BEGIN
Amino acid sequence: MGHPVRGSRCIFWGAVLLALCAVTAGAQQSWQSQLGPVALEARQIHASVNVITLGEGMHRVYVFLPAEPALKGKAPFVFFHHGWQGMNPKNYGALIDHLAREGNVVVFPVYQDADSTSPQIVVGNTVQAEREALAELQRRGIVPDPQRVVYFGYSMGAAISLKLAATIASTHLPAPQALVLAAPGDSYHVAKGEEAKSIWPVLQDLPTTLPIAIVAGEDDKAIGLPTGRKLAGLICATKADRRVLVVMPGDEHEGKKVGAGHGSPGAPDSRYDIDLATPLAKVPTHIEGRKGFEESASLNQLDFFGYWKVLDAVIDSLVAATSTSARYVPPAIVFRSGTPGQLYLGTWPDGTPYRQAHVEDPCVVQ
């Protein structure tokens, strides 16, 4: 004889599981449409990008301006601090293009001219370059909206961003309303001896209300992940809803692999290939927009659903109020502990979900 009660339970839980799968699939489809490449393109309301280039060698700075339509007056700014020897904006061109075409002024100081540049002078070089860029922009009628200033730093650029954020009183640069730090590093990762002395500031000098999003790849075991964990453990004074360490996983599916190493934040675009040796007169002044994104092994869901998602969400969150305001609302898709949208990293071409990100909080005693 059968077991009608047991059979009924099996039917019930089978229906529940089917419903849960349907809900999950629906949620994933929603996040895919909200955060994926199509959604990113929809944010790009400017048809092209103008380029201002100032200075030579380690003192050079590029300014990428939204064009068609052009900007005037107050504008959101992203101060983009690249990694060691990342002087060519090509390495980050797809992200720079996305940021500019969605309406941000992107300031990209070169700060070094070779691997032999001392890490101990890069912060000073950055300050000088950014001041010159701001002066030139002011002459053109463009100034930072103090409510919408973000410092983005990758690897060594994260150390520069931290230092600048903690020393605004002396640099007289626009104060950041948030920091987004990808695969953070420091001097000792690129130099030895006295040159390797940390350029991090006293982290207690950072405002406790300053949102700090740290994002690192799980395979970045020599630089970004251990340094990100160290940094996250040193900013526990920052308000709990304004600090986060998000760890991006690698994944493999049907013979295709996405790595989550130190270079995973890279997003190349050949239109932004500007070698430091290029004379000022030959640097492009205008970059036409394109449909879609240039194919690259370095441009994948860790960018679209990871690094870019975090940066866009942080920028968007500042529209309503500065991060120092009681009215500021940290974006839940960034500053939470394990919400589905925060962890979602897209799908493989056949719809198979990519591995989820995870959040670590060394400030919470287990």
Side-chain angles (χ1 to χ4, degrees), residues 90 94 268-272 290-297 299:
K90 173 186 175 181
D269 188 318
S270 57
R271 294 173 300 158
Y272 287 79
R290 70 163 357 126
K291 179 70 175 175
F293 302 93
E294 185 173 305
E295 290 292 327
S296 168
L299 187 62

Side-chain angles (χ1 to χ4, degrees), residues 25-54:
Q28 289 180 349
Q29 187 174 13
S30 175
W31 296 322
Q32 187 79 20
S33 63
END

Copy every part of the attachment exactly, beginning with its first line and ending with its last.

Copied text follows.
Amino acid sequence: MGHPVRGSRCIFWGAVLLALCAVTAGAQQSWQSQLGPVALEARQIHASVNVITLGEGMHRVYVFLPAEPALKGKAPFVFFHHGWQGMNPKNYGALIDHLAREGNVVVFPVYQDADSTSPQIVVGNTVQAEREALAELQRRGIVPDPQRVVYFGYSMGAAISLKLAATIASTHLPAPQALVLAAPGDSYHVAKGEEAKSIWPVLQDLPTTLPIAIVAGEDDKAIGLPTGRKLAGLICATKADRRVLVVMPGDEHEGKKVGAGHGSPGAPDSRYDIDLATPLAKVPTHIEGRKGFEESASLNQLDFFGYWKVLDAVIDSLVAATSTSARYVPPAIVFRSGTPGQLYLGTWPDGTPYRQAHVEDPCVVQ
């Protein structure tokens, strides 16, 4: 004889599981449409990008301006601090293009001219370059909206961003309303001896209300992940809803692999290939927009659903109020502990979900 009660339970839980799968699939489809490449393109309301280039060698700075339509007056700014020897904006061109075409002024100081540049002078070089860029922009009628200033730093650029954020009183640069730090590093990762002395500031000098999003790849075991964990453990004074360490996983599916190493934040675009040796007169002044994104092994869901998602969400969150305001609302898709949208990293071409990100909080005693 059968077991009608047991059979009924099996039917019930089978229906529940089917419903849960349907809900999950629906949620994933929603996040895919909200955060994926199509959604990113929809944010790009400017048809092209103008380029201002100032200075030579380690003192050079590029300014990428939204064009068609052009900007005037107050504008959101992203101060983009690249990694060691990342002087060519090509390495980050797809992200720079996305940021500019969605309406941000992107300031990209070169700060070094070779691997032999001392890490101990890069912060000073950055300050000088950014001041010159701001002066030139002011002459053109463009100034930072103090409510919408973000410092983005990758690897060594994260150390520069931290230092600048903690020393605004002396640099007289626009104060950041948030920091987004990808695969953070420091001097000792690129130099030895006295040159390797940390350029991090006293982290207690950072405002406790300053949102700090740290994002690192799980395979970045020599630089970004251990340094990100160290940094996250040193900013526990920052308000709990304004600090986060998000760890991006690698994944493999049907013979295709996405790595989550130190270079995973890279997003190349050949239109932004500007070698430091290029004379000022030959640097492009205008970059036409394109449909879609240039194919690259370095441009994948860790960018679209990871690094870019975090940066866009942080920028968007500042529209309503500065991060120092009681009215500021940290974006839940960034500053939470394990919400589905925060962890979602897209799908493989056949719809198979990519591995989820995870959040670590060394400030919470287990």
Side-chain angles (χ1 to χ4, degrees), residues 90 94 268-272 290-297 299:
K90 173 186 175 181
D269 188 318
S270 57
R271 294 173 300 158
Y272 287 79
R290 70 163 357 126
K291 179 70 175 175
F293 302 93
E294 185 173 305
E295 290 292 327
S296 168
L299 187 62

Side-chain angles (χ1 to χ4, degrees), residues 25-54:
Q28 289 180 349
Q29 187 174 13
S30 175
W31 296 322
Q32 187 79 20
S33 63